No Man’s Sky


The paradox at the heart of Hello Games’ No Man’s Sky isn’t its transcendent space opera, but rather its ambition is simultaneously too vast yet entirely too narrow in focus. Proposing a vast universe of procedurally-generated planets–each with a neon-saturated ecology to discover–the game attempts all things for all people: exploration, space combat, chill out and observe the wildlife, survival simulation, or mine and trade resources with alien species, all are given room to wiggle in. It’s an ambitiously kitchen sink approach, which, along with the sci-fi aesthetic and electronica soundtrack, suggests Hello Games want No Man’s Sky to be this console cycle’s Deus Ex–a technical and thematic leap forward to inform entire genres of gameplay.

Where Deus Ex, or even the similarly lofty Shenmue, succeeded was giving equal weight to its different modes. Stealth and shooting, or even RPG-style machinations are equally valid approaches in Deus Ex, while Shenmue breezes through what would be abrupt transitions between quiet, slice of life sim/exploration and martial arts brawling, both treated as part of the landscape of its sleepy Japanese village. No Man’s Sky is too pushy with the survival aspects to enjoy the sightseeing it was sold on, with death-preventing meters needing recharge at absurdly quick rates. This insistence is similarly dogged by the clipped, sluggish movement (of the player’s traveler and their ship), which makes the combat a chore–all the more so in space, where attackers signal jam your warp drive, forcing you into dogfights where you can’t evade around them.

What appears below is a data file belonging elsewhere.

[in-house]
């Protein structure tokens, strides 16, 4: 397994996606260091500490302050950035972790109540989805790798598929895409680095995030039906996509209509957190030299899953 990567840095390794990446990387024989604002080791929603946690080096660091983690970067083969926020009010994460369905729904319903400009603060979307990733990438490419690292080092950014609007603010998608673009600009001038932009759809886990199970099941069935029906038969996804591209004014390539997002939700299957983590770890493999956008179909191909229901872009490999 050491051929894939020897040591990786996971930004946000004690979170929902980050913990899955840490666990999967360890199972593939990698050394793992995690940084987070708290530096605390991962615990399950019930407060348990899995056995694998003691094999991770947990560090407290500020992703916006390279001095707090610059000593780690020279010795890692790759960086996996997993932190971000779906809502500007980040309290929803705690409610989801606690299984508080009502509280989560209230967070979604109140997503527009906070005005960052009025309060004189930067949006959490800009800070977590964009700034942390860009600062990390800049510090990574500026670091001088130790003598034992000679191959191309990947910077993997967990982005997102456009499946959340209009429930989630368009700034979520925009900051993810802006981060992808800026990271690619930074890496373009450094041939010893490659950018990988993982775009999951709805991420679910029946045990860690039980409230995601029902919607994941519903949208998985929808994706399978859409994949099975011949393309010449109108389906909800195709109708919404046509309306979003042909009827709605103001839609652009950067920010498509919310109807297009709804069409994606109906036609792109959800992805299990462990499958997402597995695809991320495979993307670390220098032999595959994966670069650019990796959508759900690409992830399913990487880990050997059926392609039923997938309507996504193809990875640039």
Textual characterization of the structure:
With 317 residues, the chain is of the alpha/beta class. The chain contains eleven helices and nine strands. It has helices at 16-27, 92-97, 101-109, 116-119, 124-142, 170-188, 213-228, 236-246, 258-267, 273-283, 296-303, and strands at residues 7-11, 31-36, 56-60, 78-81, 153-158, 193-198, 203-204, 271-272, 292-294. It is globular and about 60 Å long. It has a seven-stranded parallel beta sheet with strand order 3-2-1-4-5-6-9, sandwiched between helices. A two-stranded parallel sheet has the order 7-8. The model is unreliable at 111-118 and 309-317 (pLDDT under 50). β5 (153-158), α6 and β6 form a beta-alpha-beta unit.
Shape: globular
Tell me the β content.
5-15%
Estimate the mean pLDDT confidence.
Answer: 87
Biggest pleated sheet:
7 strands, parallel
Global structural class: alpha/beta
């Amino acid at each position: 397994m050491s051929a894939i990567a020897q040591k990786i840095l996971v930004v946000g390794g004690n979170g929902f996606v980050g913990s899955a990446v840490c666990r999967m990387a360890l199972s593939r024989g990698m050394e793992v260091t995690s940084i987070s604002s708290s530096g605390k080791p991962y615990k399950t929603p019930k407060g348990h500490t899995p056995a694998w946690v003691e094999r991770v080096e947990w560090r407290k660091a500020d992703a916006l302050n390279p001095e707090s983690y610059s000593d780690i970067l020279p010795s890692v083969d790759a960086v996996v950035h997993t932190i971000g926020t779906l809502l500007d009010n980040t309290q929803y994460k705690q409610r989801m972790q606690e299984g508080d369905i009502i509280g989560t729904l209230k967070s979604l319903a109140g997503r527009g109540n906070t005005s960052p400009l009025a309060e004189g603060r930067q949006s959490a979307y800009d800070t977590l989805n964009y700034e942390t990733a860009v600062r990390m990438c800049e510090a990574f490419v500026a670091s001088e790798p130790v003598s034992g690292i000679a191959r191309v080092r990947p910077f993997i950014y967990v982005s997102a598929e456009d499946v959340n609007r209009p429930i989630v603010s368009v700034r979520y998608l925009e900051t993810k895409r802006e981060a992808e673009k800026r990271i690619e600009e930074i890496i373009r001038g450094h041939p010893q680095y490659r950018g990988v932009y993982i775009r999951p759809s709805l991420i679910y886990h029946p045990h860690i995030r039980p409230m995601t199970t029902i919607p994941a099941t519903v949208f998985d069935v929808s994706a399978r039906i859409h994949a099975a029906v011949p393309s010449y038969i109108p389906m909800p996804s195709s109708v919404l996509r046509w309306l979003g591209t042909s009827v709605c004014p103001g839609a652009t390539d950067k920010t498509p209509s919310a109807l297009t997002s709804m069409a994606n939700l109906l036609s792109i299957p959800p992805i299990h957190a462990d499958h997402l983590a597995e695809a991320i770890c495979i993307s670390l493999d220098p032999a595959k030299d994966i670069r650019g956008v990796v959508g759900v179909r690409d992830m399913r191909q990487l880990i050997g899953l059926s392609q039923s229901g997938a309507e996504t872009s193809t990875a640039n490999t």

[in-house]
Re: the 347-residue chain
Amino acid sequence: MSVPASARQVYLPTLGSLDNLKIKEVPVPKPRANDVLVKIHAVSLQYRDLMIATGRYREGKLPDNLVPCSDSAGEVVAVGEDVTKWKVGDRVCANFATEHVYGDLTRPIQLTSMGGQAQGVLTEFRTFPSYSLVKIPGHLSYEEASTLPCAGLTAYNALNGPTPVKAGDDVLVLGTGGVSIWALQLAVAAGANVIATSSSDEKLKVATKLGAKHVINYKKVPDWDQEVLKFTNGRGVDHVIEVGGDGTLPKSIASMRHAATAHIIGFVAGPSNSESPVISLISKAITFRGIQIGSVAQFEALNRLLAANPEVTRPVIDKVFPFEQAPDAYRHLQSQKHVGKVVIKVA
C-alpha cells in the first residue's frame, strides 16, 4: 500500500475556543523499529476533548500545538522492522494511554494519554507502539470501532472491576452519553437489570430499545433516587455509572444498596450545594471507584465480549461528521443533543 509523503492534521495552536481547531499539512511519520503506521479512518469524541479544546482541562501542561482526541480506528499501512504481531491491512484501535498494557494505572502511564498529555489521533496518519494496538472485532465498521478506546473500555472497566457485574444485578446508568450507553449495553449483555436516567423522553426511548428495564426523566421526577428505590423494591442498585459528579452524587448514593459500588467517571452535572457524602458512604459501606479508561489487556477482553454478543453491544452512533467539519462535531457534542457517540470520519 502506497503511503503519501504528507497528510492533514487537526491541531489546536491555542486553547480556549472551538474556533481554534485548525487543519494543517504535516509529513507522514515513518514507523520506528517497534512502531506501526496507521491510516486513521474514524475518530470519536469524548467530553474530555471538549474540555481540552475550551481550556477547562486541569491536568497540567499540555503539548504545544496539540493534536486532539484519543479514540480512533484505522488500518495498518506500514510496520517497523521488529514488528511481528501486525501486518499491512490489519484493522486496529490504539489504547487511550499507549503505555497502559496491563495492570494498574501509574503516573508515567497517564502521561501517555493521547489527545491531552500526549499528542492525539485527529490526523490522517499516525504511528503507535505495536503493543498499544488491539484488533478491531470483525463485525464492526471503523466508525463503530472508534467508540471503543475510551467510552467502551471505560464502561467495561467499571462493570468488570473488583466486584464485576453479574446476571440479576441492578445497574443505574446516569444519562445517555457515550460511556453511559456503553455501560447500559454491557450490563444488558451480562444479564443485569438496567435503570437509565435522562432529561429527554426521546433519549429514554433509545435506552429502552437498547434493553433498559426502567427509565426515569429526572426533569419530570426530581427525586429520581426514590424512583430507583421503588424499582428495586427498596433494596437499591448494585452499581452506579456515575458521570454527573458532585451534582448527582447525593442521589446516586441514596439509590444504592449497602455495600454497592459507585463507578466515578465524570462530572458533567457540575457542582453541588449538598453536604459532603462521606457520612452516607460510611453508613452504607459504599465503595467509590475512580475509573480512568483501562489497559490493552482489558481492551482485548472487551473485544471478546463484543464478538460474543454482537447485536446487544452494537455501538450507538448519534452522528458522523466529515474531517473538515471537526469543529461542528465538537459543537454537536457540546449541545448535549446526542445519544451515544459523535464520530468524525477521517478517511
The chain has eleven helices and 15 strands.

Unsurprisingly, the two aspects of the game which deserve praise are the ones marketed heavily. The quiet joy of setting down on a planet and observing a herd going about its business, and the implementation of physics to spaceship travel. Traversing the enormity of a single planet, let alone planet to planet in this universe, is factored in hours, with various methods to reduce that time down to minutes or (rarely) seconds. Even if variability leaves much to be desired, there is something incredibly satisfying in taking off to the upper atmosphere and using a planet’s rotation to get to its opposite side, then landing back down. All Hello had to do was build outward from this mechanic to create something wonderful.


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